Saturday, July 11, 2009

Good, Old-Fashioned Fun

Living in Utah, you can't escape the pioneers. They were hard-working, industrious, righteous people who raised a dozen kids apiece while dragging their worldly belongings across the country in a handcart. Their specter is always hanging over modern families like mine, mocking us (solemnly, of course) when my kids refuse to, say, help unload the groceries from the minivan. You can almost hear them saying, shaking their heads in ethereal disgust, We crossed the Rocky Mountains on foot for THEM?

So I feel this burden to live up to our pioneer heritage. Well, not MY pioneer heritage, of course - my ancestors were pilgrims and immigrants from various European countries. But even with that stock, I've got the Puritans, and I'm guessing they would be as disgusted as the pioneers by my children's lousy work ethic and reliance on modern conveniences.

Today I assuaged my guilt by taking part in the ultimate pioneer tradition, weeding. Weeds are timeless, they are eternal, they are from the Devil himself, so you know the pioneers would want them stamped out with vigor. Ryan and I could have pulled the weeds ourselves, but we didn't want to deprive our children of the growing experience. There's not an LDS church leader in existence that doesn't have a story about how working in the yard made him into the man he is today. On the off chance that our kids can overcome their parentage and actually make something of themselves, this will be an important moment in their development. Resume-building, if you will.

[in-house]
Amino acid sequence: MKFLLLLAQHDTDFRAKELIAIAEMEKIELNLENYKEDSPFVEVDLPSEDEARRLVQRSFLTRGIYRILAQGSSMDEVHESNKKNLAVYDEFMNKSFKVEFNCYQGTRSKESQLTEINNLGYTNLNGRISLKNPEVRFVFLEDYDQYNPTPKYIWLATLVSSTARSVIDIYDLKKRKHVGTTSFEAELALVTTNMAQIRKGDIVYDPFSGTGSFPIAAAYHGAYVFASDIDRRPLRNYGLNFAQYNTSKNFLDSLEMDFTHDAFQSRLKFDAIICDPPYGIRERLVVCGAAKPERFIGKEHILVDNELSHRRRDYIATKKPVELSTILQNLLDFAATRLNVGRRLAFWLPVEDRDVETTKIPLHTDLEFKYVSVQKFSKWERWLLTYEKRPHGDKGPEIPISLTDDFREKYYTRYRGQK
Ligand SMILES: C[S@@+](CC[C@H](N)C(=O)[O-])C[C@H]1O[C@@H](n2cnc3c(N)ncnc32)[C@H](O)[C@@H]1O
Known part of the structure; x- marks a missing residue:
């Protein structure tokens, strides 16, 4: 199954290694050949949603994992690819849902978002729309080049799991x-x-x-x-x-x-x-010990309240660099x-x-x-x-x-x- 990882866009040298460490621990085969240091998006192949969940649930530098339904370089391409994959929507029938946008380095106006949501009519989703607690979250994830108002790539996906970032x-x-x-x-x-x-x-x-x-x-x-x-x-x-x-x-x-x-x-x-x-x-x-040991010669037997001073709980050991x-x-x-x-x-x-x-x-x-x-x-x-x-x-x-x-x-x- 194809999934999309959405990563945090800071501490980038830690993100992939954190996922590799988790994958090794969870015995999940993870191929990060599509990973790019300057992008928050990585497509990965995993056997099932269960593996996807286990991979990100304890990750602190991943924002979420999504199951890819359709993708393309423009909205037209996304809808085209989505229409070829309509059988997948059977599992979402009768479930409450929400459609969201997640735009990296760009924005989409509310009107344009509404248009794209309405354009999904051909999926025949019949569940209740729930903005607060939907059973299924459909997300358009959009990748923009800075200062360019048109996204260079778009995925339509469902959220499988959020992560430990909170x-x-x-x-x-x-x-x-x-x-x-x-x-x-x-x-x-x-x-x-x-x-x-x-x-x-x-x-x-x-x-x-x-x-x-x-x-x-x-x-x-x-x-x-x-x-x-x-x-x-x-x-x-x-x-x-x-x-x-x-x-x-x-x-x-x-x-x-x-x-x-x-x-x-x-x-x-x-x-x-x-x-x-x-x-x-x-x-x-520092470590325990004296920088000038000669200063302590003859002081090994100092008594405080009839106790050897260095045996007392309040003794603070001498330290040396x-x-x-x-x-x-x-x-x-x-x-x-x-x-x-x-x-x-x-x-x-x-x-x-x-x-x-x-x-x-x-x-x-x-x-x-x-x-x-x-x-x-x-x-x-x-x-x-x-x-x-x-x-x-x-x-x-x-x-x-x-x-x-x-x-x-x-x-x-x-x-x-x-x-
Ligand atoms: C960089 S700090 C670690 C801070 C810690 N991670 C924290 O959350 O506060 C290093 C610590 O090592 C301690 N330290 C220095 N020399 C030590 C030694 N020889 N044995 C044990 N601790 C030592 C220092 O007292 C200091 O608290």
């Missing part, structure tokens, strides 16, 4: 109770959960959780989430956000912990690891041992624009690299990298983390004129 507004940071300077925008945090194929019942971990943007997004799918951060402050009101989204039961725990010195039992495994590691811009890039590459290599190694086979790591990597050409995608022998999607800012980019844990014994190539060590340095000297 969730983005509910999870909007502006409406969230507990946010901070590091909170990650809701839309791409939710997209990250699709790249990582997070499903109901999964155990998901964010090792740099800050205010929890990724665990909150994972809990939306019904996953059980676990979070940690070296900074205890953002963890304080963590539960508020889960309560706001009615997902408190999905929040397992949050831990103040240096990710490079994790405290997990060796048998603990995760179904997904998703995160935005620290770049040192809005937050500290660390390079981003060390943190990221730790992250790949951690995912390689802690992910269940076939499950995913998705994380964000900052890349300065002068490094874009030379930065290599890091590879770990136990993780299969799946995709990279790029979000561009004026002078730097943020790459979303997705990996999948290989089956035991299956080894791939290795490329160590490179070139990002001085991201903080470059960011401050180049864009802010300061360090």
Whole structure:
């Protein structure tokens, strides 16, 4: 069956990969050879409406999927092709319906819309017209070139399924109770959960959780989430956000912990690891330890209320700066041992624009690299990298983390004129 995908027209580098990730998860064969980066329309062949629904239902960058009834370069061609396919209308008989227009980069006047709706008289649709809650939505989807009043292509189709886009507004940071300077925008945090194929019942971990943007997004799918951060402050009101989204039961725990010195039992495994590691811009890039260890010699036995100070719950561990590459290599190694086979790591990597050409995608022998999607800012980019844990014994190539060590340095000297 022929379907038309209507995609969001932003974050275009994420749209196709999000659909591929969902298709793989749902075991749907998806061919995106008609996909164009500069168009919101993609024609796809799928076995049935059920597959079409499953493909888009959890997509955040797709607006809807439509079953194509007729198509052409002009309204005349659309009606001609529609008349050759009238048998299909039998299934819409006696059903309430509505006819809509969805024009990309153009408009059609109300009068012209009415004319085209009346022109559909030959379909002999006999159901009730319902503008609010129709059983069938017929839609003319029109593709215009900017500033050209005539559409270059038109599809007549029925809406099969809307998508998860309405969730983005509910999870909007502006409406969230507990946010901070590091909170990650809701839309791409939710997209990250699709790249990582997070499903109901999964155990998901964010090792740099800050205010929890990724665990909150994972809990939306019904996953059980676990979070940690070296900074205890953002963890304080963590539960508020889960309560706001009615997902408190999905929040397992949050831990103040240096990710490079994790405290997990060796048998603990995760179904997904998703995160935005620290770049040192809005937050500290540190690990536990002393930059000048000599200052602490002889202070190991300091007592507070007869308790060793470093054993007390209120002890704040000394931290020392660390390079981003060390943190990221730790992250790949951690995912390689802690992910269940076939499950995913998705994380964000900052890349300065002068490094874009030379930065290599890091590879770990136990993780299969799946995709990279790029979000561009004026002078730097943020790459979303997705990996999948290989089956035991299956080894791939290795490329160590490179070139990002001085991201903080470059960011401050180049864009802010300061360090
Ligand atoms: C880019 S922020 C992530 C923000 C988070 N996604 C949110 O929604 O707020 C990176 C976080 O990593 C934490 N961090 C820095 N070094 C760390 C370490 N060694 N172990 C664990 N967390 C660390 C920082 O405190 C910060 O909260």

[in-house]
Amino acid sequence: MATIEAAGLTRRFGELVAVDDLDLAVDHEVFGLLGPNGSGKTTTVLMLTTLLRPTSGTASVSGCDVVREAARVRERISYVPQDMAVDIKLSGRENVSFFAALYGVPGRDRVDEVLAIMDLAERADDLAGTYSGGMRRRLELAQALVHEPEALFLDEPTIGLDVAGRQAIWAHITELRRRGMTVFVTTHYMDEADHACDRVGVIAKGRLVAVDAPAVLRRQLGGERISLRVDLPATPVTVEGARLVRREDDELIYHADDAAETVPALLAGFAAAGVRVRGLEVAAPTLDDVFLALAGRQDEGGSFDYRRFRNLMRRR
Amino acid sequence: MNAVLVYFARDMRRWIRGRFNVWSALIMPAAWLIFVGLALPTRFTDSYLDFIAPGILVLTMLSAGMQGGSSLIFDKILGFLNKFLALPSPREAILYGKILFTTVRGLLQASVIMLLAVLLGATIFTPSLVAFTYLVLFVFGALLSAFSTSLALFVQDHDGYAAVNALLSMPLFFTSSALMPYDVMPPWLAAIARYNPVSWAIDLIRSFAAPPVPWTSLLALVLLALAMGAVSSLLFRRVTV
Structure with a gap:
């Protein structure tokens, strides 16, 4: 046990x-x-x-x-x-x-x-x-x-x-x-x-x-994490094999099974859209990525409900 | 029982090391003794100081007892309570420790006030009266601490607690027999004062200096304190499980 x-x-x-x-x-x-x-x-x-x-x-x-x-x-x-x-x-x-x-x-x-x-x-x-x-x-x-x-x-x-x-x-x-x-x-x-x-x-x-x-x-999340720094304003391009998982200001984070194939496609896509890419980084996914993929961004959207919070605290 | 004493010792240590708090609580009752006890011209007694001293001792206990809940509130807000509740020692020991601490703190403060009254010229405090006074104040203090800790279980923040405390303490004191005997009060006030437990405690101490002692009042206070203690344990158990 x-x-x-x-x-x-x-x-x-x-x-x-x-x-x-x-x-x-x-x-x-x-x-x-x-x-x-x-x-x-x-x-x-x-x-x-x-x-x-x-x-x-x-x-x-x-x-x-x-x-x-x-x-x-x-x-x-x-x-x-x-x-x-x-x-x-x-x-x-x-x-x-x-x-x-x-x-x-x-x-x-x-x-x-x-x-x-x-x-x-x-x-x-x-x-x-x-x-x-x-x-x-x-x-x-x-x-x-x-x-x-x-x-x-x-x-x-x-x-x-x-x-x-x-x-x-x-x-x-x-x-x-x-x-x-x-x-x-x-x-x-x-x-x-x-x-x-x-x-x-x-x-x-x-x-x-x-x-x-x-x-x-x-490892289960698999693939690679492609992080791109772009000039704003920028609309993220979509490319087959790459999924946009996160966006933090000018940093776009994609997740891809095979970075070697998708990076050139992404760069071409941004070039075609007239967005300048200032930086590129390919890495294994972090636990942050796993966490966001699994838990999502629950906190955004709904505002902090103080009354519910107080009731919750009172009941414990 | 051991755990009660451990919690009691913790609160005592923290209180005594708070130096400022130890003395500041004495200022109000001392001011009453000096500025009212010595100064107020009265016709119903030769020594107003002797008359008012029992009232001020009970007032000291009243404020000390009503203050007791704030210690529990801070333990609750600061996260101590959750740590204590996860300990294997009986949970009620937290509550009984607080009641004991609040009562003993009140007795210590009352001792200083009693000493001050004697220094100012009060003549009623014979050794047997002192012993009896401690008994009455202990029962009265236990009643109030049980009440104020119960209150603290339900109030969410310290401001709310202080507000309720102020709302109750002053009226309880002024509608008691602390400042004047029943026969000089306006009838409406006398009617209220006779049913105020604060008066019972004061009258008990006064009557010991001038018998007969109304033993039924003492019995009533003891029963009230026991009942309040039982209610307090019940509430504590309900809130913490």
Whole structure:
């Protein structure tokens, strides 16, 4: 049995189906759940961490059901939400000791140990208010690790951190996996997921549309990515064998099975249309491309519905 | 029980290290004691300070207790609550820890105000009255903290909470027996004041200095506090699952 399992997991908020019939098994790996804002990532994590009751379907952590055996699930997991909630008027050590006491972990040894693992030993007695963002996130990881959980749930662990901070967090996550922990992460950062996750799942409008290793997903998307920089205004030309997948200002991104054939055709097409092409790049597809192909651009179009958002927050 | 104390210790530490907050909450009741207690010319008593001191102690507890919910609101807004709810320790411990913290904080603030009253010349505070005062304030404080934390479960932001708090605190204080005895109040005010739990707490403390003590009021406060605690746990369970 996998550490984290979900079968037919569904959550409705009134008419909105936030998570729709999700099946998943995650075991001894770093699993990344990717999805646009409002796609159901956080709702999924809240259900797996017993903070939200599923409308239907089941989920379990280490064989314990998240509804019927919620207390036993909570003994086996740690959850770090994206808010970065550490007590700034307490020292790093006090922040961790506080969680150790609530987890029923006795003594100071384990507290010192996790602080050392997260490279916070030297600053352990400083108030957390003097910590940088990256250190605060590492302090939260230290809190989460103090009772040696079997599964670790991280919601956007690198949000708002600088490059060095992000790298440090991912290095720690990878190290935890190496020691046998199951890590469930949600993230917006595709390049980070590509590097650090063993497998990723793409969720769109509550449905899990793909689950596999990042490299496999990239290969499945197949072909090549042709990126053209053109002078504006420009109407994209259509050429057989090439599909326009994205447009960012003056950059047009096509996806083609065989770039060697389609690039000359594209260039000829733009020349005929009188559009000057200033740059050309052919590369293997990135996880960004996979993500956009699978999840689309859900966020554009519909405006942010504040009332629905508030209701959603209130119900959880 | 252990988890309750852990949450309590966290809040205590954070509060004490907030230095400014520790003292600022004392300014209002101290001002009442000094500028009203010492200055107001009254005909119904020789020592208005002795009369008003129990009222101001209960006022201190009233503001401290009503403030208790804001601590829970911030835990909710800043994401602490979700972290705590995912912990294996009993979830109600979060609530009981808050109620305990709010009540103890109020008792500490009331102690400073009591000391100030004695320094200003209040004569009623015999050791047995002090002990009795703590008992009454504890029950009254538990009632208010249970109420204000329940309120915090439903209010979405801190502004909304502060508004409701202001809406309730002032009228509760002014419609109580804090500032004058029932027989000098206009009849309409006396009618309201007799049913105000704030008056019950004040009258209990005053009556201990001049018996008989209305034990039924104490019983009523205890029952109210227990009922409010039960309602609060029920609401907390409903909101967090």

There was surprisingly little complaining when I announced that it was Family Weeding Time. The boys trooped out there, put on some gardening gloves, and got to work. Well, got to work at their own pace. The sun, which had been lurking behind clouds until the very second we herded the boys outside, was beating down on us with intensity. Ryan and I have done this kind of job before, so we knew that the faster we got it done, the sooner we could get inside and cool off. Brad and Noah have devised a better theory, and it has two parts: 1)The slower they work, the more weeds will be pulled by other people, and 2)Invite friends to help. Sneaky as they may be, they're on to something with step 2. Brad had a friend over when we started weeding, and that kid pulled more weeds than all of the kids combined! Plus, and this is huge, he never once complained, ever. Wow! I didn't know kids like that existed! I'm sure it's because he wasn't at his house, being forced to do this by his mom, but still. He's going to make his ancestors proud.